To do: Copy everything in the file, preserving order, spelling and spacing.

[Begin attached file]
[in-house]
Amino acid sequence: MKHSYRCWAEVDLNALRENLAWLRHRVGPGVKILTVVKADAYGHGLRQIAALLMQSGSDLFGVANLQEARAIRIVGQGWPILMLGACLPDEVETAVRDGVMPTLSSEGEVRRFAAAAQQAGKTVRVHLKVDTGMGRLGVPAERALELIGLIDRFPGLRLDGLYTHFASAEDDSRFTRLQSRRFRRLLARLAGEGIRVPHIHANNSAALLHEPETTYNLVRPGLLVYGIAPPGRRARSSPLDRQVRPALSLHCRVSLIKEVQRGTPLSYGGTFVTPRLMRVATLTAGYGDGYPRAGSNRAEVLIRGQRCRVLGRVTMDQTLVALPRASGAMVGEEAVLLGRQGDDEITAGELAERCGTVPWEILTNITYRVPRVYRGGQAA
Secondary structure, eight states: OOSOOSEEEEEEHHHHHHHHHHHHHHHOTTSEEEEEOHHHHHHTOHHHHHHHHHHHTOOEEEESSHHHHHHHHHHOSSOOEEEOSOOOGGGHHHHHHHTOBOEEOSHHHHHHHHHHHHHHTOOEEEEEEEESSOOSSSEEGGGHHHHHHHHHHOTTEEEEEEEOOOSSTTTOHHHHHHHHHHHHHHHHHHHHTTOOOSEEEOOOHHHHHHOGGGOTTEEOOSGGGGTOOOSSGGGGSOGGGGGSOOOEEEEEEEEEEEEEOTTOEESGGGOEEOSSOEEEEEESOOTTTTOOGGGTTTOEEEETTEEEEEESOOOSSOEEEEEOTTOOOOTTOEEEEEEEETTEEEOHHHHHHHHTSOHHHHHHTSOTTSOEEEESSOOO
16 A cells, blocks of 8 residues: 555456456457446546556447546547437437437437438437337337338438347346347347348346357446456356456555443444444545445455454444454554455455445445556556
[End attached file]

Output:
[in-house]
Amino acid sequence: MKHSYRCWAEVDLNALRENLAWLRHRVGPGVKILTVVKADAYGHGLRQIAALLMQSGSDLFGVANLQEARAIRIVGQGWPILMLGACLPDEVETAVRDGVMPTLSSEGEVRRFAAAAQQAGKTVRVHLKVDTGMGRLGVPAERALELIGLIDRFPGLRLDGLYTHFASAEDDSRFTRLQSRRFRRLLARLAGEGIRVPHIHANNSAALLHEPETTYNLVRPGLLVYGIAPPGRRARSSPLDRQVRPALSLHCRVSLIKEVQRGTPLSYGGTFVTPRLMRVATLTAGYGDGYPRAGSNRAEVLIRGQRCRVLGRVTMDQTLVALPRASGAMVGEEAVLLGRQGDDEITAGELAERCGTVPWEILTNITYRVPRVYRGGQAA
Secondary structure, eight states: OOSOOSEEEEEEHHHHHHHHHHHHHHHOTTSEEEEEOHHHHHHTOHHHHHHHHHHHTOOEEEESSHHHHHHHHHHOSSOOEEEOSOOOGGGHHHHHHHTOBOEEOSHHHHHHHHHHHHHHTOOEEEEEEEESSOOSSSEEGGGHHHHHHHHHHOTTEEEEEEEOOOSSTTTOHHHHHHHHHHHHHHHHHHHHTTOOOSEEEOOOHHHHHHOGGGOTTEEOOSGGGGTOOOSSGGGGSOGGGGGSOOOEEEEEEEEEEEEEOTTOEESGGGOEEOSSOEEEEEESOOTTTTOOGGGTTTOEEEETTEEEEEESOOOSSOEEEEEOTTOOOOTTOEEEEEEEETTEEEOHHHHHHHHTSOHHHHHHTSOTTSOEEEESSOOO
16 A cells, blocks of 8 residues: 555456456457446546556447546547437437437437438437337337338438347346347347348346357446456356456555443444444545445455454444454554455455445445556556